Digital Prospector: musical trash, vinography, "The Canyons" and Tom Jones

Critic Rustin Thompson unearths the very best - and worst - in online video.
Crosscut archive image.

Tom Jones at the House of Blues, 2009

Critic Rustin Thompson unearths the very best - and worst - in online video.

Crosscut archive image.

The Sound of Trash
In a slum in Paraguay, a teenager displays his cello, constructed from wood and an oil can, and proudly says, “The pegs are made out of an old tool to tenderize beef and this was used to make gnocchi.” The teen is a member of Landfill Harmonic, an orchestra comprised of children too poor to buy musical instruments, but resourceful enough to learn how to play Beethoven on a clarinet made from bottle caps. This video short trumpets the message: “The world sends us its garbage, we send back music.” And that is exactly what happens after garbage pickers recycle the buttons, strings, pipes and cans, and inspired locals craft them into instruments. In a place where a violin costs more than a house, these kids believe that nothing is more priceless than music.

Still trying to untangle the raison d’etre of Vines? Those are the six-second videos (why only six?) uploaded to the Vine app by amateurs (usually) which achieve a kind of sonic feedback loop when endlessly replayed. This recent article from Ad Age links to a series of Vines commissioned by the Seattle agency Copacino & Fujikado for the tourism site, Visit Seattle. These local mad men tapped a professional photographer to shoot some visual tendrils of the Space Needle, the Pike Place fish throwers and the Seattle Great Wheel in an effort to improve on the shaky iPhone quality of most Vines but, frankly, they still have that random, morning glory kind of look to them.


Upstream Color   
Director Shane Carruth made his first film, Primer, for $7,000 after teaching himself writing, directing, editing, producing and cinematography. It won the Sundance Grand Jury award in 2004, and gained an instant cult following for its heady mix of visual grunge and sci-fi smarts. For his long-awaited follow-up, Upstream Color, the autodidact Carruth­ studied the fine points of film marketing and distributed the movie himself in theaters, on pay-per-view and now in the Instant Play category at Netflix. Like Primer, Upstream Color is resolutely cinematic and intellectually challenging. Characters identified as The Sampler, The Thief and The Orchid Harvesters are parts of a triangular cycle of regeneration, speaking to Carruth’s central thesis that our identities, instincts, habits and quirks are perhaps shared traits on a continuum and, unsettlingly, beyond our control. Shards of scenes are broken down into extreme close-ups, repetitive fragments and snatches of sounds, resulting in a dizzying assemblage of sensory imagery. The film comes across as hallucinatory and mind-bending, but also grounded in a rigorous design. What at first appears inscrutable eventually reveals itself to be a crucial link in a compact, determined architecture, a blueprint for a distracted culture of multi-taskers. Carruth would like nothing more than to remap the neural pathways formed after a century of movie-watching.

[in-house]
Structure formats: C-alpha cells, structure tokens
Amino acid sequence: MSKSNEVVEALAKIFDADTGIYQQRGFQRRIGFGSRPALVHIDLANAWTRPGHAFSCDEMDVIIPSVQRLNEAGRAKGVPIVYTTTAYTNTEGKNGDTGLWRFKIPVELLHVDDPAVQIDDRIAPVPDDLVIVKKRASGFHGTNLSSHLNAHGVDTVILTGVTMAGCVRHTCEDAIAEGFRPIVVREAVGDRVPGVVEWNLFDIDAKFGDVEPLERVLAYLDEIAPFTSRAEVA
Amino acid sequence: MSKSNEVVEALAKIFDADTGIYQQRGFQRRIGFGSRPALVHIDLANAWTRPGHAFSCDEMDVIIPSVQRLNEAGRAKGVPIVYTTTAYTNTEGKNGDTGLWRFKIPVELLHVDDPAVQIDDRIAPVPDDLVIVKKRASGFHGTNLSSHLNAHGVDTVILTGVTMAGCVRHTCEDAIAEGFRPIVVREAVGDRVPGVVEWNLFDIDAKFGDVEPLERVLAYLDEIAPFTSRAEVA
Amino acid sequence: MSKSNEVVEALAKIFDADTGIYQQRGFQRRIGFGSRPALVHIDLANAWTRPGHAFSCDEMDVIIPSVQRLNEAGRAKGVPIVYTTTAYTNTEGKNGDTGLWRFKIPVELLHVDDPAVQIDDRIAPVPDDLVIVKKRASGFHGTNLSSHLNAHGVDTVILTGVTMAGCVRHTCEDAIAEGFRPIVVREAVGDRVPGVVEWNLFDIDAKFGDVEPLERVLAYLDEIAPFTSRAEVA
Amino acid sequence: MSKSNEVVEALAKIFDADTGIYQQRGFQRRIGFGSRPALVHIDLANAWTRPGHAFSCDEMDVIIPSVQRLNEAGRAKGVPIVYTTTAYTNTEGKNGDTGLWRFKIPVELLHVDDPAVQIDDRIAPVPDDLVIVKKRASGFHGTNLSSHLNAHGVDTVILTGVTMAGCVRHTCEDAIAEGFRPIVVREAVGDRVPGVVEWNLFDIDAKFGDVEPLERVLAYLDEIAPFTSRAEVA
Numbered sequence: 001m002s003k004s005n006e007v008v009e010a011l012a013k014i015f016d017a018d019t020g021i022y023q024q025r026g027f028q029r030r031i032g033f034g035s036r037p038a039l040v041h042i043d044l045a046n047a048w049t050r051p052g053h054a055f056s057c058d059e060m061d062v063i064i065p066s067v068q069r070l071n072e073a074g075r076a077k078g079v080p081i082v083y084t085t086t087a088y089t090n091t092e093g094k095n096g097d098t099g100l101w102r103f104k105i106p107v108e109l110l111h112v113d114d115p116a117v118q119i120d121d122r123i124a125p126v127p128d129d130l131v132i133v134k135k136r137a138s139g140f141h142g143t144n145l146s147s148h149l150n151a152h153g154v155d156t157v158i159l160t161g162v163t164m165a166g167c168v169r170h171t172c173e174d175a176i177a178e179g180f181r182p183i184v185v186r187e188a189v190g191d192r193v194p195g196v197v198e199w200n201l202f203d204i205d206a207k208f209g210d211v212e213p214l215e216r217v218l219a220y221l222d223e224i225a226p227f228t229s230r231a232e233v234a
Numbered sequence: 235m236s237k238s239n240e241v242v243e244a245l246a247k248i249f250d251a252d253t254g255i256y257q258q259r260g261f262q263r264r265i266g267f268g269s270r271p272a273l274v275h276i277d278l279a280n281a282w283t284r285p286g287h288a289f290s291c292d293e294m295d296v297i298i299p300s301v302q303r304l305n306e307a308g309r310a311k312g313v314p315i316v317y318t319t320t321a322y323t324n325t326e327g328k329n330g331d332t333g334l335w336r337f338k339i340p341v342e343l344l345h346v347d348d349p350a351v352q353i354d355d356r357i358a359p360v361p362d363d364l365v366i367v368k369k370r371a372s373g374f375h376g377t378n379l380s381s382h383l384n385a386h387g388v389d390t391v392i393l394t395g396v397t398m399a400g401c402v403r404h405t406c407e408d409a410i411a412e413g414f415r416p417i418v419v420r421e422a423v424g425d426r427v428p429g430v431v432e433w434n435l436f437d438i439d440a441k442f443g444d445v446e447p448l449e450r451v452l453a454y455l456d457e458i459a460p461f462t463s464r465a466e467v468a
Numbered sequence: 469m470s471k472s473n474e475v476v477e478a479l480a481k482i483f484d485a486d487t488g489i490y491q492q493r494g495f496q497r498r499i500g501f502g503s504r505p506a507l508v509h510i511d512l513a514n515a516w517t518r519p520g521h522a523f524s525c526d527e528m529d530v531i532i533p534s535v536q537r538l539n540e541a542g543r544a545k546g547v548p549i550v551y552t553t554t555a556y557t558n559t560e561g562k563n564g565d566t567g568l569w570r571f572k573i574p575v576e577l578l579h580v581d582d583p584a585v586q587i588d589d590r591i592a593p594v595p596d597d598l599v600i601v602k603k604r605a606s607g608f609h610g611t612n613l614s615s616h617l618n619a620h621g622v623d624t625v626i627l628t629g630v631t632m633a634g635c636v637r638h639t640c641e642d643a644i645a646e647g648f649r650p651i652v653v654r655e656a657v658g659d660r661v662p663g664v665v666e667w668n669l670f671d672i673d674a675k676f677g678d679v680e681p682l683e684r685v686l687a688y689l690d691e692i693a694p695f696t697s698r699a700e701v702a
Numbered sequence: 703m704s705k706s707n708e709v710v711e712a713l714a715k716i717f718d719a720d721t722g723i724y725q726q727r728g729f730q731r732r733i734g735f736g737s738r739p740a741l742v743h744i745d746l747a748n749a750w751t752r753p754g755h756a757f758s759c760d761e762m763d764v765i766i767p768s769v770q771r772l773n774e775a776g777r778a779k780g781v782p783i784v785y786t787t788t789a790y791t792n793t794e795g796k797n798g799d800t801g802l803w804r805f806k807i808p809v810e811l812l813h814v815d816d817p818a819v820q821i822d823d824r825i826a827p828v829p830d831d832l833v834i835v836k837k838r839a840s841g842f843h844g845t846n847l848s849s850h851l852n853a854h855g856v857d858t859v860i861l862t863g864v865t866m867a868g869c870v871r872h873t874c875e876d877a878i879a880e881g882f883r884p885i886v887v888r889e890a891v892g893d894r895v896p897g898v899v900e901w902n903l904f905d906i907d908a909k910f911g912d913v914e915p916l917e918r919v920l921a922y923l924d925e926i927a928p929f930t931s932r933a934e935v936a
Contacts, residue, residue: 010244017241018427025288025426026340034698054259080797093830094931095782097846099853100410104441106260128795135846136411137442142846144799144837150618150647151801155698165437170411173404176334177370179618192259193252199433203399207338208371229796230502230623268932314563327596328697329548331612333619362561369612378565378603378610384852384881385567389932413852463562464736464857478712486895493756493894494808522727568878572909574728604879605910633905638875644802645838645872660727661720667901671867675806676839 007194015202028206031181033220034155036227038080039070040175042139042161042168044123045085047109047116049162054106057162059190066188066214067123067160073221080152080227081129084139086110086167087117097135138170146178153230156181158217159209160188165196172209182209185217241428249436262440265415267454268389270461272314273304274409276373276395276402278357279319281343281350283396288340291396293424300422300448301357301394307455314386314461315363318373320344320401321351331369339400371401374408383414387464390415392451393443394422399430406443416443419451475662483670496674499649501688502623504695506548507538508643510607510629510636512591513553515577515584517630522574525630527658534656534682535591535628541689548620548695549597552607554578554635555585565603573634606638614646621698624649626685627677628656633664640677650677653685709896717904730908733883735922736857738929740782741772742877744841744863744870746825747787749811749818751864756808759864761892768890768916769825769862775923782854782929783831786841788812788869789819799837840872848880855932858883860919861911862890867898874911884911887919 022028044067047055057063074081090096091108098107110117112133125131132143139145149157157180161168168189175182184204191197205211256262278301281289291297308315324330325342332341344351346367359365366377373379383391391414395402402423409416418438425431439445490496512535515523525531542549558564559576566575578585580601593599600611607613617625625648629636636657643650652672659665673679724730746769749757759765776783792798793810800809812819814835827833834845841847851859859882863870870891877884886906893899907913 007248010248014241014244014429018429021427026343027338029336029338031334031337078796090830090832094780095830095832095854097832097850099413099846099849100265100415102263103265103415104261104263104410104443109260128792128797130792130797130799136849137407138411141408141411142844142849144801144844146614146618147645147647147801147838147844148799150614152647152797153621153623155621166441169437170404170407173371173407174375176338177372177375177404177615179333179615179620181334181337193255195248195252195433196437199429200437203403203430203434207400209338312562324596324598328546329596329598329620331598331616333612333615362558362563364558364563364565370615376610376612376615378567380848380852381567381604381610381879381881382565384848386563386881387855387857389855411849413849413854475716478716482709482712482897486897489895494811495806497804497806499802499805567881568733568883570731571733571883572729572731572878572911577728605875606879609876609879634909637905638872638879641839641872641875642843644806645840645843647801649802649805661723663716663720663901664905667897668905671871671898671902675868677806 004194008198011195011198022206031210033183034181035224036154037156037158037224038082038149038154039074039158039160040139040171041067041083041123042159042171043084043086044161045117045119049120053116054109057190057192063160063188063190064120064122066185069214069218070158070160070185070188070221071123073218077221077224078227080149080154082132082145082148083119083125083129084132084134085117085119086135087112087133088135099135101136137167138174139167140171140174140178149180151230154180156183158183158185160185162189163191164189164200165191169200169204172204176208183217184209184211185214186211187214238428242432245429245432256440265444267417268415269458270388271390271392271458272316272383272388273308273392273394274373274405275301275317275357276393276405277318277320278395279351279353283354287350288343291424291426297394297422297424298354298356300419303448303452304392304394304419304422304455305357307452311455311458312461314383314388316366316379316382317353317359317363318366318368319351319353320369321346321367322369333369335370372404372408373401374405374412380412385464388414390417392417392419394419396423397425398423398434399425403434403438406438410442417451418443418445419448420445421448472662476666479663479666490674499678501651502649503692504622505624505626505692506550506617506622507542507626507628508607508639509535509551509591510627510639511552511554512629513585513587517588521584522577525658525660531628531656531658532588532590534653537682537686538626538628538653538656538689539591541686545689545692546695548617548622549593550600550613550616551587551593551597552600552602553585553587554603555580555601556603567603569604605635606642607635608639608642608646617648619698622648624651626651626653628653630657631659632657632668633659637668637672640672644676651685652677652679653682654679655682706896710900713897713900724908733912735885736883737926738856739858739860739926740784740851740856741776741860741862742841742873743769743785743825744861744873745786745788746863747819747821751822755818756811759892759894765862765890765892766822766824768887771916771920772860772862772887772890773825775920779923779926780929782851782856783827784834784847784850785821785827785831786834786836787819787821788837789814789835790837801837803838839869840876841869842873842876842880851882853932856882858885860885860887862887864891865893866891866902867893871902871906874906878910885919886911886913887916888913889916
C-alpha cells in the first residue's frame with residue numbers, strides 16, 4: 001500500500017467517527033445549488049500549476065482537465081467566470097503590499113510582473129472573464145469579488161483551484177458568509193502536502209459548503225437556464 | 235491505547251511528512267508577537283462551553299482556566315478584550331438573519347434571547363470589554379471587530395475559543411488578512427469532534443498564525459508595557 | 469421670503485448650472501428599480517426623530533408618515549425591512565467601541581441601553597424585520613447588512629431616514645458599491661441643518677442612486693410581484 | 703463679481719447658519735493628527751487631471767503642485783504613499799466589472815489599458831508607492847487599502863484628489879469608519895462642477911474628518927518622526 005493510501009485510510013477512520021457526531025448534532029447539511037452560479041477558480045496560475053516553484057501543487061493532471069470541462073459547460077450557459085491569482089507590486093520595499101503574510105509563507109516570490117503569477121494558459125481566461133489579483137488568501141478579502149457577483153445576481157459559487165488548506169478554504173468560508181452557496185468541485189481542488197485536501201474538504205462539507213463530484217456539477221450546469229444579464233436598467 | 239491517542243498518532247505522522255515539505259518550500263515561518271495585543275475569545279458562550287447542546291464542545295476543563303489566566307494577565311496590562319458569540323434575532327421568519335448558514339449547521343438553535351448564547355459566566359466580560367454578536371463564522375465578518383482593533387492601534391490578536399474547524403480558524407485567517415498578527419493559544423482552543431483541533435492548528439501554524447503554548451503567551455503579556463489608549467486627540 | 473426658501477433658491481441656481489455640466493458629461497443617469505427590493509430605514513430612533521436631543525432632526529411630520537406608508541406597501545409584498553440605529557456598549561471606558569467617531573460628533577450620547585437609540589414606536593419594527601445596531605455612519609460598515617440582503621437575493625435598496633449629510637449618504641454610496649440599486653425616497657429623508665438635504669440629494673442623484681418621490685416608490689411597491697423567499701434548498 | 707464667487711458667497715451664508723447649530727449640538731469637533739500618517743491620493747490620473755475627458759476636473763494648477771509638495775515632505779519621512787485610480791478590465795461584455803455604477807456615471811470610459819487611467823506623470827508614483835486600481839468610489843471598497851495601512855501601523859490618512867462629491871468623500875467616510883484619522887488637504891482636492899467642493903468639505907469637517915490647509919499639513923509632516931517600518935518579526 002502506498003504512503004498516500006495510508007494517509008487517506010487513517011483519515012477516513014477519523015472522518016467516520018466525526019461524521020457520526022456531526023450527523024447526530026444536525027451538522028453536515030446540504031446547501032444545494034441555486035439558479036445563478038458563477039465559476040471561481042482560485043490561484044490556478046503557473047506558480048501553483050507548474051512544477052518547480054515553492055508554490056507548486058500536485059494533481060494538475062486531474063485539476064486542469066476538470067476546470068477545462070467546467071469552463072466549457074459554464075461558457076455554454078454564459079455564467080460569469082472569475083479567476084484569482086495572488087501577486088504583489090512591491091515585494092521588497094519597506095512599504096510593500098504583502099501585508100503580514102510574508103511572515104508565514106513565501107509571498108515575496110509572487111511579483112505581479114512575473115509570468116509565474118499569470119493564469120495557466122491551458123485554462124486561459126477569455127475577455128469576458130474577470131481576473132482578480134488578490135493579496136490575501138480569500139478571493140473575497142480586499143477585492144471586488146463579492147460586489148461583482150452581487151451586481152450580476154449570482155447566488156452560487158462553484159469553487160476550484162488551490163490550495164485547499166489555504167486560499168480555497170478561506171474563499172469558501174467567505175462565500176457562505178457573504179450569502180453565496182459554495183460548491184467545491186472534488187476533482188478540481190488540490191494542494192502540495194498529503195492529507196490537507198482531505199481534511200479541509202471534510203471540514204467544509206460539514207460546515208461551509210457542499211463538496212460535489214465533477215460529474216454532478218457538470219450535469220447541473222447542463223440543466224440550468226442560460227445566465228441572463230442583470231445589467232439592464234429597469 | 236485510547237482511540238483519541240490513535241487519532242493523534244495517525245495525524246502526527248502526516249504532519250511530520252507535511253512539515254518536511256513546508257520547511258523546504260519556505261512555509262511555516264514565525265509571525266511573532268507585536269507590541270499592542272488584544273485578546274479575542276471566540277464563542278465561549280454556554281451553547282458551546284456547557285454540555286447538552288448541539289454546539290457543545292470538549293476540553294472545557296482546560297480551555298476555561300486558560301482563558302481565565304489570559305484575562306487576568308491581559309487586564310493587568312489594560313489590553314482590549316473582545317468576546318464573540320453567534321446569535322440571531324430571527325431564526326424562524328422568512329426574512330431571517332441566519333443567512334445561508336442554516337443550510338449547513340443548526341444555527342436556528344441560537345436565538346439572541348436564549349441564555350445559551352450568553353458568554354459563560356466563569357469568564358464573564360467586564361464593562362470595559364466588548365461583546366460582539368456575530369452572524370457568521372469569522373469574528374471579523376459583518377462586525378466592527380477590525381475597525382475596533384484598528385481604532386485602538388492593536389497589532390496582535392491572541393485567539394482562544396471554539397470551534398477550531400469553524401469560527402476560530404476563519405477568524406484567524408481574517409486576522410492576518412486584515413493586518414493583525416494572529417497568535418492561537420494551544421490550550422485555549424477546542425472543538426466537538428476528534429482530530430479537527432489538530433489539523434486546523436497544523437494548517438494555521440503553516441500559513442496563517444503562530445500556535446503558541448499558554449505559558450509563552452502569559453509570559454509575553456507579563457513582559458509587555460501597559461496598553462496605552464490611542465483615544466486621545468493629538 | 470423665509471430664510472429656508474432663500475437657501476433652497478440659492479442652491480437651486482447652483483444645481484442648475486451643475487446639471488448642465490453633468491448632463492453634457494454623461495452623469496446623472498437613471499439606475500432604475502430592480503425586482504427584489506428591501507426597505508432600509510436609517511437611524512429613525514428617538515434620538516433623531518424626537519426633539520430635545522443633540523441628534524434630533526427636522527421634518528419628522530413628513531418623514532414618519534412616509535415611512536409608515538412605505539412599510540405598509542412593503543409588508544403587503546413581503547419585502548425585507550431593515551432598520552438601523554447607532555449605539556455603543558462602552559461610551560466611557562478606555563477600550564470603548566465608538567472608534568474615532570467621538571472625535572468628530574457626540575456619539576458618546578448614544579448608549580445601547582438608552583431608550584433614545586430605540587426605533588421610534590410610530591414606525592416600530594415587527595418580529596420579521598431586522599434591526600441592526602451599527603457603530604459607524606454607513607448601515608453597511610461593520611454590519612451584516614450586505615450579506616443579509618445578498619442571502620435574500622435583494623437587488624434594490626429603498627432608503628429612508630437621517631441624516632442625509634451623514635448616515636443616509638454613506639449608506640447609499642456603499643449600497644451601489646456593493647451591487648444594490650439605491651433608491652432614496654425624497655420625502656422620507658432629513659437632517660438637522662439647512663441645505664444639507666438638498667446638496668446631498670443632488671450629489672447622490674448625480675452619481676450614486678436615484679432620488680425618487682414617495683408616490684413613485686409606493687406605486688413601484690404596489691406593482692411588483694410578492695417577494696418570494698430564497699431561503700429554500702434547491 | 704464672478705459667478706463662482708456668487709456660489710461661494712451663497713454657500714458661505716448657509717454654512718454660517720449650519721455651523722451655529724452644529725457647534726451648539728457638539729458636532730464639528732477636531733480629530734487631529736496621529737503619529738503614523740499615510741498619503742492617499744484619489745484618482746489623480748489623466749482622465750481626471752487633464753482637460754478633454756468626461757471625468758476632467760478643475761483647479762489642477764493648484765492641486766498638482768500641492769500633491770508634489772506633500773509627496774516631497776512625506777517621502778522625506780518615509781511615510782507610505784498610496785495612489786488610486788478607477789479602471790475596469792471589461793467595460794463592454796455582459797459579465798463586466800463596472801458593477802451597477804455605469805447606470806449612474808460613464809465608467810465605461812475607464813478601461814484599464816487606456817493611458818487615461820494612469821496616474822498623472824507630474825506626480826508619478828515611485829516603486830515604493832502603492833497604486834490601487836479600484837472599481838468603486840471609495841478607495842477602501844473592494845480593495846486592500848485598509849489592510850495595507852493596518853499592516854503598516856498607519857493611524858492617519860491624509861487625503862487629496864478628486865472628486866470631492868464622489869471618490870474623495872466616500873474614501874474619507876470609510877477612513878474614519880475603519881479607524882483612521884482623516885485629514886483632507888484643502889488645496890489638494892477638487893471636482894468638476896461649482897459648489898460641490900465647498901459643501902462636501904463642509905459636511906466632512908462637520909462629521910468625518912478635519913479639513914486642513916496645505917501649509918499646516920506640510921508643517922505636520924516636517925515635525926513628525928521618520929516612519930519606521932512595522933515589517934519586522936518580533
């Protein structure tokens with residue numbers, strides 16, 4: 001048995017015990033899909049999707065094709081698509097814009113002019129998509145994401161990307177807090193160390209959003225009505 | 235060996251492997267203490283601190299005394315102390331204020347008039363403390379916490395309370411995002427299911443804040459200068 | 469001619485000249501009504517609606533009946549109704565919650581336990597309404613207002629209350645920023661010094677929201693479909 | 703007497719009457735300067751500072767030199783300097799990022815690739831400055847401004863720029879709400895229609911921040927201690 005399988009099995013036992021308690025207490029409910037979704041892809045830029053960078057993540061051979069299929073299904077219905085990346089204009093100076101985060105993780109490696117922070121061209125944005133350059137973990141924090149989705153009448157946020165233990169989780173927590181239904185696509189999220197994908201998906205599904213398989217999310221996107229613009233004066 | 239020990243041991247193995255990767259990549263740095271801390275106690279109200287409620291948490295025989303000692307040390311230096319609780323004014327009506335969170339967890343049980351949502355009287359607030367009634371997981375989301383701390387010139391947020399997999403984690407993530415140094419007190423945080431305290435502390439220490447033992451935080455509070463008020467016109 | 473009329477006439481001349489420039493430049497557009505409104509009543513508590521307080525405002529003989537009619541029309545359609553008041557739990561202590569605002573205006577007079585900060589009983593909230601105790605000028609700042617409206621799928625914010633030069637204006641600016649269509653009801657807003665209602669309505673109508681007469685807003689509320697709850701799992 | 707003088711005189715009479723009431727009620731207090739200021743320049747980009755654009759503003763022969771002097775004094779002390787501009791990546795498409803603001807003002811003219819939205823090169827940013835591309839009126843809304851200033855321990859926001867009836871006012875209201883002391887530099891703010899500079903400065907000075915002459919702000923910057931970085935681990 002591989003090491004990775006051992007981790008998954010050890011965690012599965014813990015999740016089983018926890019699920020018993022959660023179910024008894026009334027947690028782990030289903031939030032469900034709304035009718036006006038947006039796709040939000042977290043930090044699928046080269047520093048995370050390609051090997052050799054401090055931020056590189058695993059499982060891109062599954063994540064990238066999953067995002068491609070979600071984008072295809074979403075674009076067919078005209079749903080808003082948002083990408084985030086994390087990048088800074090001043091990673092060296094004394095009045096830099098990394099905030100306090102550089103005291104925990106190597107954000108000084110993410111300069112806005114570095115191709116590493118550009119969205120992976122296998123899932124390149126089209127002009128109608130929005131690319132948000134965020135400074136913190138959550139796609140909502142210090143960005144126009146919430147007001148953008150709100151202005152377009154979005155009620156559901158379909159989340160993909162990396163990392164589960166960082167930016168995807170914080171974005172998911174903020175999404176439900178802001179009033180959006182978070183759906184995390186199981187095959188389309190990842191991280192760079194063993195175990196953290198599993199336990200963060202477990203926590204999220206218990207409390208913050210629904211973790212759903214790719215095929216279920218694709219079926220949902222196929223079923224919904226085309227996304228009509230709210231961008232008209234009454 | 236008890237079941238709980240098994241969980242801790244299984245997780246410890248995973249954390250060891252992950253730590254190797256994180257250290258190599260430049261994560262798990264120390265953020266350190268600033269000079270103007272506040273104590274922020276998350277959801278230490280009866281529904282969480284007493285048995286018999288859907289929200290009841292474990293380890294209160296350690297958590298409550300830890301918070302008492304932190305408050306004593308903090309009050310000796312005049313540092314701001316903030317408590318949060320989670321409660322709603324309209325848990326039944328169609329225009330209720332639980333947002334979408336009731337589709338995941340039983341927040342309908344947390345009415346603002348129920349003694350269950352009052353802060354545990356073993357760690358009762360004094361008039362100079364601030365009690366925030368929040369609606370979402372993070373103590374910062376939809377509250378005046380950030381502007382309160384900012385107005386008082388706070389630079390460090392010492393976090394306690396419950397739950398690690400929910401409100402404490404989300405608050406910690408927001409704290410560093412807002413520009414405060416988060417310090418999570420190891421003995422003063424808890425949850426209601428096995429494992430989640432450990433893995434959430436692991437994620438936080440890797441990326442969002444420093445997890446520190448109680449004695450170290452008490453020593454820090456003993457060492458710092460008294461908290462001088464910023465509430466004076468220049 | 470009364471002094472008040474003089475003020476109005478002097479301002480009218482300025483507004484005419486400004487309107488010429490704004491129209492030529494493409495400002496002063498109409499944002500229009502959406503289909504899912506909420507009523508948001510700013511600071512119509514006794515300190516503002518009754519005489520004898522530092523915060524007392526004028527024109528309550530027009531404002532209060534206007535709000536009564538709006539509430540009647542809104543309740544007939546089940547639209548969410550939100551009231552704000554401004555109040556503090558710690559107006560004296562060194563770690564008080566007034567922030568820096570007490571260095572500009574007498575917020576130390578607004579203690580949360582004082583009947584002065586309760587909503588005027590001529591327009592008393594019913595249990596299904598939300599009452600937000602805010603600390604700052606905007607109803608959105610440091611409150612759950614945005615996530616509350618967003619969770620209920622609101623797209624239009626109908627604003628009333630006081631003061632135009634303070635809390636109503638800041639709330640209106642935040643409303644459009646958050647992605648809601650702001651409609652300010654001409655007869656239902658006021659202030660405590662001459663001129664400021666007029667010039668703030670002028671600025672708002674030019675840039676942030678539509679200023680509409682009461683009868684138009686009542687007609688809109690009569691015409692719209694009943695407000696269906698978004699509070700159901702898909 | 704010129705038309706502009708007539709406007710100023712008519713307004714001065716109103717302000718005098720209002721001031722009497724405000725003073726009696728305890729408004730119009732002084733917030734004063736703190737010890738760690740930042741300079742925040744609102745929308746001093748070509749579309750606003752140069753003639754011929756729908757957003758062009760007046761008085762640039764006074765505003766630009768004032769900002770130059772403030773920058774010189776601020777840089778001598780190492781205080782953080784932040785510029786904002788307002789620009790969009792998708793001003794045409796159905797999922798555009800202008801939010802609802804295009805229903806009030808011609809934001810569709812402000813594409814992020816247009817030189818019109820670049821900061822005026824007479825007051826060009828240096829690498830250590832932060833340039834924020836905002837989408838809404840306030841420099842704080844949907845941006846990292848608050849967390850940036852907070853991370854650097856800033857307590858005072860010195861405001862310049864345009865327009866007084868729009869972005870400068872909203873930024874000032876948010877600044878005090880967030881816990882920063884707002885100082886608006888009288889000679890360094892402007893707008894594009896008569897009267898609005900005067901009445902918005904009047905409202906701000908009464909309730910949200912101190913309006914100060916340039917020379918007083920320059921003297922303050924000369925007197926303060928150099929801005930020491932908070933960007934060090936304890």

“The Canyons” trailer 
This pulpy preview of Paul Schrader’s first film in five years perfectly exploits the movie’s pre-release, train-wreck-in-the-making publicity. The Canyons is a micro-budgeted B-movie crowd-funded into existence by a trifecta of SoCal oddballs who have seen better days. Written by former wunderkind Brett Easton Ellis (Less Than Zero, American Psycho) and directed by Paul Schrader, the once-lauded scribe of Taxi Driver and Raging Bull who can’t even get arrested in Hollywood these days, the movie stars Lindsay Lohan. But wait, there’s more! Schrader cast a hugely popular porn star by the name of James Deen as the male lead, a tumescent stroke of attention-getting genius. The movie’s lurid, grindhouse plot seems to be about ego-tripping sluts and scumbags, and it comes online, in theaters and on pay-per-view in August.

Tom Jones/Tower of Song  
Tom Jones, the famous pop crooner and former fantasy sex toy to millions of panty-less housewives, recorded a staggeringly great Americana album in 2010 called Praise and Blame, in which the Welshman’s pipes distilled a harvest of gospel and blues covers to their smoky, muscular essence. Now he’s back with another collection, Spirit in the Room, featuring interpretations of songs by Paul Simon, Richard Thompson, Odetta and, in this music video, Leonard Cohen’s “Tower of Song”, stripped down to sparse plucks of a guitar and bass. Jones, sporting a grey goatee and a road weary mien, wanders the stairwell of a crumbling mansion, a troubadour trapped by his spectral past. When he sings, “I was born with the gift of a golden voice,” the only possible retort is, “Amen, brother.”

For more nuggets from the Digital Prospector, go here. Lead photo courtesy of Landfill Harmonic.


Please support independent local news for all.

We rely on donations from readers like you to sustain Crosscut's in-depth reporting on issues critical to the PNW.


About the Authors & Contributors

Rustin Thompson

Rustin Thompson

Rustin Thompson is a filmmaker, film critic and indie radio deejay. He enjoys strong coffee, red wine, IPAs and his wife and grown children. He is comfortable with the fact he will never be rich, but grows petulant if he thinks too much about it.